Film Torments: Seven Pounds (2008)

THIS week’s Torment is an acerbic throttling of Will Smith’s most recent stab at Oscar glory: Seven Pounds.

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Rich Kee: I don’t like hating movies. It’s very rare that I come out of a movie really bothered by its badness, and I don’t get that big a kick out of writing negative reviews. The omnipresence of bad movies only makes the good ones better. In a choice between watching a great movie and recommending it to everyone, or watching a terrible movie and slagging it off to everyone, I’ll always take the former route.

One film that several of my friends urged me to watch a few years back was Seven Pounds, and knowing nothing about it except that it was a Will Smith movie which made everybody cry, I fully expected to like it.

This movie is one of very, very few I truly hate. And when I say I hate it, I mean that I hate that it even exists. It totally failed to achieve anything it set out to do. Seven Pounds offended me. I was disgusted with it. I wish I’d never watched this movie. I despise everything it stands for.

There are millions who disagree. While reviews were mixed-to-negative, this film has tons of fans who fell in love with it. It has a 7.7 score on IMDB and only 27% on Rotten Tomatoes, which is a bizarre discrepancy between critics and the public. While perusing the reviews on IMDB from back in 2008, loads of people were adamant that it was an Oscar-worthy masterpiece.

I have absolutely no idea how these people fell for this movie, but I can understand why. If you accept this film on its own terms, it’s powerful stuff. If you allow yourself to be manipulated by Seven Pounds, then it will manipulate you expertly.

Expert manipulation in-progress.

Expert manipulation in-progress.

The film is very slow to contextualise itself, and reveals Will Smith’s backstory slowly while showing events out of order. For me, it was too slow; I’d figured out every twist and turn a good half-hour before any of it paid off, and once you stop guessing there’s little to entertain you as it trudges along.

The main arc of Will Smith (his character has a name, but I don’t care what it is) is a tragic one. He intends to kill himself, but first finds seven people to whom he can bequeath his organs. The reason (spoiler alert!) for his suicide is that his fiancée died in a car crash along with six others two years previous, while he was driving and texting at the same time. There’s no ambiguity to the film’s stance on this: Will Smith is a fucking angel from on high making the noblest sacrifice in the world to atone for an unforgiveable deed.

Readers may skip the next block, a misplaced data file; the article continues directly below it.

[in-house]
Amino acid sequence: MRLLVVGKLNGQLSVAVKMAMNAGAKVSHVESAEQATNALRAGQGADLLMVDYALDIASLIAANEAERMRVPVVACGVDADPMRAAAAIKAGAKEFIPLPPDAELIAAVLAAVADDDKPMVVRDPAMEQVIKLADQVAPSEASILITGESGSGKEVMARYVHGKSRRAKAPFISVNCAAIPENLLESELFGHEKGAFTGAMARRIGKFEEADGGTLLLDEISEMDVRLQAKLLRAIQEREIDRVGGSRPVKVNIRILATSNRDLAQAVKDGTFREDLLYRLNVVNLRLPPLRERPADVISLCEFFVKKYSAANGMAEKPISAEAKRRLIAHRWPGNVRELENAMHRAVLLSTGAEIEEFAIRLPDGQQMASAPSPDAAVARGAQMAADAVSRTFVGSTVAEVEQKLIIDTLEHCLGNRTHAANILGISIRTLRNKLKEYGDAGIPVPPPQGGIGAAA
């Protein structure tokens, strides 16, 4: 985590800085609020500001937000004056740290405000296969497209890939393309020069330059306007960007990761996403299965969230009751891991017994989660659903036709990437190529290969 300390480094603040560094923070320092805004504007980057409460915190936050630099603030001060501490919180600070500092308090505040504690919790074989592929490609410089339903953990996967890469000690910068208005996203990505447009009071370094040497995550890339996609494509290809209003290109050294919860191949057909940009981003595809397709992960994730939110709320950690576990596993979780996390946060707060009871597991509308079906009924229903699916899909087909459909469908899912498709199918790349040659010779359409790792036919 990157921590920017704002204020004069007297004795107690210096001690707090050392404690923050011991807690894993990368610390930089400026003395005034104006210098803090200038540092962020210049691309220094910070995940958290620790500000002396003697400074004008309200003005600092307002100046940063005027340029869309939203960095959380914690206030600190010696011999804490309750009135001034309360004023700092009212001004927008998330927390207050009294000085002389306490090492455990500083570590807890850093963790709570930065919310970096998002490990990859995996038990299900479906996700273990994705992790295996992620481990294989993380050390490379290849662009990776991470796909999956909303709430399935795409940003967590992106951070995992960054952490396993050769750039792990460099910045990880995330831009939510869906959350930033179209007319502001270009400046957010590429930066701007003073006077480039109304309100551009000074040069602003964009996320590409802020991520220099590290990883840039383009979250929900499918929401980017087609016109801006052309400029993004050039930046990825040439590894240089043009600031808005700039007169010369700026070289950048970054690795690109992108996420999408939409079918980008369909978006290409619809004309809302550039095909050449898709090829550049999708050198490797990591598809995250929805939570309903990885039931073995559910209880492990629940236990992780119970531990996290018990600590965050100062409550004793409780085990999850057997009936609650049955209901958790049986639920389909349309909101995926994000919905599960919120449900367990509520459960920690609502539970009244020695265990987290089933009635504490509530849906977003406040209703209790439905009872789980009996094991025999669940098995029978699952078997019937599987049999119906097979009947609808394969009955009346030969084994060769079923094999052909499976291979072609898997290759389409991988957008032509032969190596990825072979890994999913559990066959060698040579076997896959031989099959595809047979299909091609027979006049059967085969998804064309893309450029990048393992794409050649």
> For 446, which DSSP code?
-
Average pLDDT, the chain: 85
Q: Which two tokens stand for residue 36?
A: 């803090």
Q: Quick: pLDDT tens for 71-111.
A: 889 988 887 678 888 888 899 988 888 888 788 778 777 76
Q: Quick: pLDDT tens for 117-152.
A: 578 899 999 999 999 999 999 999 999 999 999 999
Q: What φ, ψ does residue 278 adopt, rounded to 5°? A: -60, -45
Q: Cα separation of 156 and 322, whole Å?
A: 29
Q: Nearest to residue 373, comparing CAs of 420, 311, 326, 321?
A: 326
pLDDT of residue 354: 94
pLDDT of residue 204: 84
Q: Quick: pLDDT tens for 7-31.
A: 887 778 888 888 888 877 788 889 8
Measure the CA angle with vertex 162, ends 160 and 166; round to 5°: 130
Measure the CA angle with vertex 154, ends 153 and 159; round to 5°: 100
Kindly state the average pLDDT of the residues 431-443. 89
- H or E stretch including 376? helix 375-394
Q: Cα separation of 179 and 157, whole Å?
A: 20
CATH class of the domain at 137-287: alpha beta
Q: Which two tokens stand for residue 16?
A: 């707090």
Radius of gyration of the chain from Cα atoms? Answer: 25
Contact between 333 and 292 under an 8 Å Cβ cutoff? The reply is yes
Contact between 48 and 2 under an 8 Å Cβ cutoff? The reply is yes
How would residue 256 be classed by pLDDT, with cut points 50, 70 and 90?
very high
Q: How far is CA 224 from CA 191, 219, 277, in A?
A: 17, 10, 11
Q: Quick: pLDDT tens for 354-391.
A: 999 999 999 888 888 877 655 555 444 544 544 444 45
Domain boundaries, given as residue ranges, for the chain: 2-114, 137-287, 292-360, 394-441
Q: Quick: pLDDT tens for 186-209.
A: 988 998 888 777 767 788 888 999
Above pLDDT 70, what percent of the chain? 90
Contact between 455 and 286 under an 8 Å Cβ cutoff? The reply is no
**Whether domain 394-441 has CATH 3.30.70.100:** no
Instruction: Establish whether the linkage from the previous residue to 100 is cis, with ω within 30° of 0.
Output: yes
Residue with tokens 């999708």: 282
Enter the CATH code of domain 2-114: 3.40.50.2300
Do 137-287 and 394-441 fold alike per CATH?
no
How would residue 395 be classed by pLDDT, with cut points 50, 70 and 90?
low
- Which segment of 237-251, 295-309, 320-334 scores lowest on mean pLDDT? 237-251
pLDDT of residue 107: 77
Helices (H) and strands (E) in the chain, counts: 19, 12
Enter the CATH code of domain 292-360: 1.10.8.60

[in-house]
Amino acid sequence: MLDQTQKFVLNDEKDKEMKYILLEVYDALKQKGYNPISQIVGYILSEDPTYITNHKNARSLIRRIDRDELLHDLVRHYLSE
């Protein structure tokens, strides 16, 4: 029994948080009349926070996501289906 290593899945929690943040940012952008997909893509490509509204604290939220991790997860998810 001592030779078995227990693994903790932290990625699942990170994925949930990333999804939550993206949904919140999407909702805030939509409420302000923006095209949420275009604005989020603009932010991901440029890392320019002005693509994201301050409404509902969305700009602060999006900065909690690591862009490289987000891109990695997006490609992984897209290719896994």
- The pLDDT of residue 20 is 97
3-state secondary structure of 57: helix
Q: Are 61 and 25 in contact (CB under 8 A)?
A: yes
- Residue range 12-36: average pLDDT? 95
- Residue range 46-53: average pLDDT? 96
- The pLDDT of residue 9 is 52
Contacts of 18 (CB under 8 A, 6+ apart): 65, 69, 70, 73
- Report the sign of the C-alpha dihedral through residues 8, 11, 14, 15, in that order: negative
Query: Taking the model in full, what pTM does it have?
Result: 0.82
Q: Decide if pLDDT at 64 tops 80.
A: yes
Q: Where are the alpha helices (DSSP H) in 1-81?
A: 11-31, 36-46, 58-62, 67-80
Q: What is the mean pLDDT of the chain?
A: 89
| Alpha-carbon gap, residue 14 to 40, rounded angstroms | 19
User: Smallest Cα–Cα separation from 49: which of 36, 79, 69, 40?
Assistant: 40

Whether or not you tolerate this movie comes down to one value judgment. If you think committing suicide for the benefit of others is awesome, then you won’t get why I’m opposed to this film. But if you ask me, killing yourself is NOT COOL! I dread the day when somebody tries to do this in real life, because they saw it in the movie and they think it will give their pointless death meaning like it did for Will Smith. If people can die copying The Deer Hunter, they can die copying Seven Pounds, and that thought scares me.

Though this scene would benefit from a round of Russian Roulette.

Though this scene would benefit from a round of Russian Roulette.

This plot isn’t inherently reprehensible. In fact it’s actually quite clever and original – I can see it working. The problem is in the handling of the concept. Rather than depicting Smith’s character as a damaged, vulnerable person who needs some serious counselling, he’s a holier-than-thou saint on an inspirational mission. All this even though what they actually show is him manipulating and deceiving his terminally ill love interest (who he, no kidding here, LITERALLY gives his heart to) and brother (who he gave a lung to), who are hapless victims of his maniacal behaviour.